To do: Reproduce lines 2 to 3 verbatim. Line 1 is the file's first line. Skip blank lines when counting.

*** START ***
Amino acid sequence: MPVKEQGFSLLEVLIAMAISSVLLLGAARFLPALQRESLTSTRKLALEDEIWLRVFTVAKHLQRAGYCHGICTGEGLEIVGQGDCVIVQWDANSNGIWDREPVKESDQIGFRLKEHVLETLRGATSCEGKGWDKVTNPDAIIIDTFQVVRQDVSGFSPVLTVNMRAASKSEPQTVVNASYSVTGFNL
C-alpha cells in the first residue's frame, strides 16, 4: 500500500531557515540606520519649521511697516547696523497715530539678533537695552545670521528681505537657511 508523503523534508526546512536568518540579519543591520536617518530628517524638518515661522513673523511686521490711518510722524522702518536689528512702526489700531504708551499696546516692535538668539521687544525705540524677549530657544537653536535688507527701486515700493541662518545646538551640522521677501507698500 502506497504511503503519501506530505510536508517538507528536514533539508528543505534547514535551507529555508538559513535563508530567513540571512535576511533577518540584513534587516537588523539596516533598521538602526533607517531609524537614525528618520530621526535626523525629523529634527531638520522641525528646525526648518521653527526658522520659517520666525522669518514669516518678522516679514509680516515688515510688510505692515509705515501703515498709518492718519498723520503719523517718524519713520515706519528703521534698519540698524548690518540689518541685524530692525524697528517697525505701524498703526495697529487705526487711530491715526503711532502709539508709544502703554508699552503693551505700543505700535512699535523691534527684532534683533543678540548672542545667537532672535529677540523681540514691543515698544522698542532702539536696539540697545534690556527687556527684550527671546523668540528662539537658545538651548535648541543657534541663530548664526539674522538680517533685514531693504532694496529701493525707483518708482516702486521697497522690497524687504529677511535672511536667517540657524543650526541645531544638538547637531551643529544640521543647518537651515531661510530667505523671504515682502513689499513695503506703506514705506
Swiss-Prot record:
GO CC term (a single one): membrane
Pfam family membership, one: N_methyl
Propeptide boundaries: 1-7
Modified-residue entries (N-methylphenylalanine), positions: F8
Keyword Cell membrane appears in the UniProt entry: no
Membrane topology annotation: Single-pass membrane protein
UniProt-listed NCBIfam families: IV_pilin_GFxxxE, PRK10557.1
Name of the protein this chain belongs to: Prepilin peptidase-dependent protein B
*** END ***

C-alpha cells in the first residue's frame, strides 16, 4: 500500500531557515540606520519649521511697516547696523497715530539678533537695552545670521528681505537657511 508523503523534508526546512536568518540579519543591520536617518530628517524638518515661522513673523511686521490711518510722524522702518536689528512702526489700531504708551499696546516692535538668539521687544525705540524677549530657544537653536535688507527701486515700493541662518545646538551640522521677501507698500 502506497504511503503519501506530505510536508517538507528536514533539508528543505534547514535551507529555508538559513535563508530567513540571512535576511533577518540584513534587516537588523539596516533598521538602526533607517531609524537614525528618520530621526535626523525629523529634527531638520522641525528646525526648518521653527526658522520659517520666525522669518514669516518678522516679514509680516515688515510688510505692515509705515501703515498709518492718519498723520503719523517718524519713520515706519528703521534698519540698524548690518540689518541685524530692525524697528517697525505701524498703526495697529487705526487711530491715526503711532502709539508709544502703554508699552503693551505700543505700535512699535523691534527684532534683533543678540548672542545667537532672535529677540523681540514691543515698544522698542532702539536696539540697545534690556527687556527684550527671546523668540528662539537658545538651548535648541543657534541663530548664526539674522538680517533685514531693504532694496529701493525707483518708482516702486521697497522690497524687504529677511535672511536667517540657524543650526541645531544638538547637531551643529544640521543647518537651515531661510530667505523671504515682502513689499513695503506703506514705506
Swiss-Prot record: